Originally Posted by Freshflakes757 View Post
My point being that NJ can tout high test scores for bragging rights, but they can't prep kids for life outside of high school. It's certainly not a panacea. If you can't do your laundry or drive a car, you're dumb in my book. I don't care what your SAT was (and truth be told, after you get into college nobody else does either.)
So only low quality high schools can prep students for life and only low quality schools teach laundry ? Your statement is pure nonsense.
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Old 11-11-2014, 09:04 AM
 
Location: NYC
20,384 posts, read 13,791,752 times
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Quote:
Originally Posted by CaptainNJ View Post
you think asian immigrants going to a crappy nyc school will go to top rated colleges at an equal rate to those asian immigrants going to a top rated nj high school?
It doesn't matter because where there is a will there will be better outcome. A rich kid going to a top rated nj high school may have an easier access to top rated colleges but they may not do well at a collegiate level. Someone who is gifted and go to a crappy school but finish with top honors in HS and earn their way to a top rated college usually do exceptionally well in college because they depend on scholarships to pay for their way unlike rich kids who may take things for granted.

I do know that most college interns that I've interviewed, the ones that come from rich families have this sense of entitlement while kids that earned their way up are the ones that have the poise or hunger to succeed.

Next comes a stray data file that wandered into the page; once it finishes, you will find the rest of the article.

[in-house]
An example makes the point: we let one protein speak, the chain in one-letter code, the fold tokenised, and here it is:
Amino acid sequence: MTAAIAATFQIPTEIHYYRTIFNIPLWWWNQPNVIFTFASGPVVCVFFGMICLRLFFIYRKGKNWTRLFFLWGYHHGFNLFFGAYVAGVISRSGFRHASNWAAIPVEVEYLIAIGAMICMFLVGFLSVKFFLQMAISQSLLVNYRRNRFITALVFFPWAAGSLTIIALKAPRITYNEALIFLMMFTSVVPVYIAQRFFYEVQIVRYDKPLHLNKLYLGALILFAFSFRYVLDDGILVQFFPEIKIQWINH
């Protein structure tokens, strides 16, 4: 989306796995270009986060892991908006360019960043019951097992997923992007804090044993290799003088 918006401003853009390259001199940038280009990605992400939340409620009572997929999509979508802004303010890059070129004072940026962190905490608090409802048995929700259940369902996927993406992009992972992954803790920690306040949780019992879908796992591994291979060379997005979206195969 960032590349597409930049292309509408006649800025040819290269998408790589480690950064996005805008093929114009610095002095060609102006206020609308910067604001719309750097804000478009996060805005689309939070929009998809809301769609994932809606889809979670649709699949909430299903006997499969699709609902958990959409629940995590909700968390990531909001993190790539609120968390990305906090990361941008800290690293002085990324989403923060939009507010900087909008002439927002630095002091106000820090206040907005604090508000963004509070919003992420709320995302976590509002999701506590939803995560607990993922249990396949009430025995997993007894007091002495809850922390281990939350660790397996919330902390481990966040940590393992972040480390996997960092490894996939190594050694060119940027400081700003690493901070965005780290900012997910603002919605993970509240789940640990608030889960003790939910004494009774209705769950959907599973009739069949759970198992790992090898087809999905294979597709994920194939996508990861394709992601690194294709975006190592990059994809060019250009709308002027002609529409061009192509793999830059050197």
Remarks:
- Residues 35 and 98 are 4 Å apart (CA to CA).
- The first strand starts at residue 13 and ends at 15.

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Old 11-11-2014, 09:43 AM
 
36 posts, read 47,191 times
Reputation: 59
Quote:
I guess my real question is this. Does high school reputation really matter in the college admissions process? Is it worth moving to Ridgewood or Tenafly even if it means the competition is higher than say Hackensack or Paterson or even Fort Lee High or Ridgefield High?
\

I think it matters to a certain extent. I came from one of those consistently top performing high schools, and I can say with 100% certainty that I was well-prepared for college, as were the majority of my friends. We all pretty much coasted our first year. We were used to the demands of high volume work, many of us placed out of typical freshman classes, etc. Compare that with our peers in college, we watched several of them struggle academically the first year. I realize that this is purely anecdotal, but I do think that my high school prepared me for the more rigorous curriculum/homework/exam intensity of college. Also, knowing a group of kids from a lower performing school, they didn't have that experience and as adults, they said that they didn't think high school mattered at all. (We actually had this conversation once).

I think if you're comparing the Ridgewood/Tenafly caliber of education with the Hackensack/Paterson system, then yes, it does matter.

However, when you're talking Ridgewood/Tenafly vs. Northern Valley Old Tappan/Pascack Valley High Schools for example, then it's an entirely different conversation.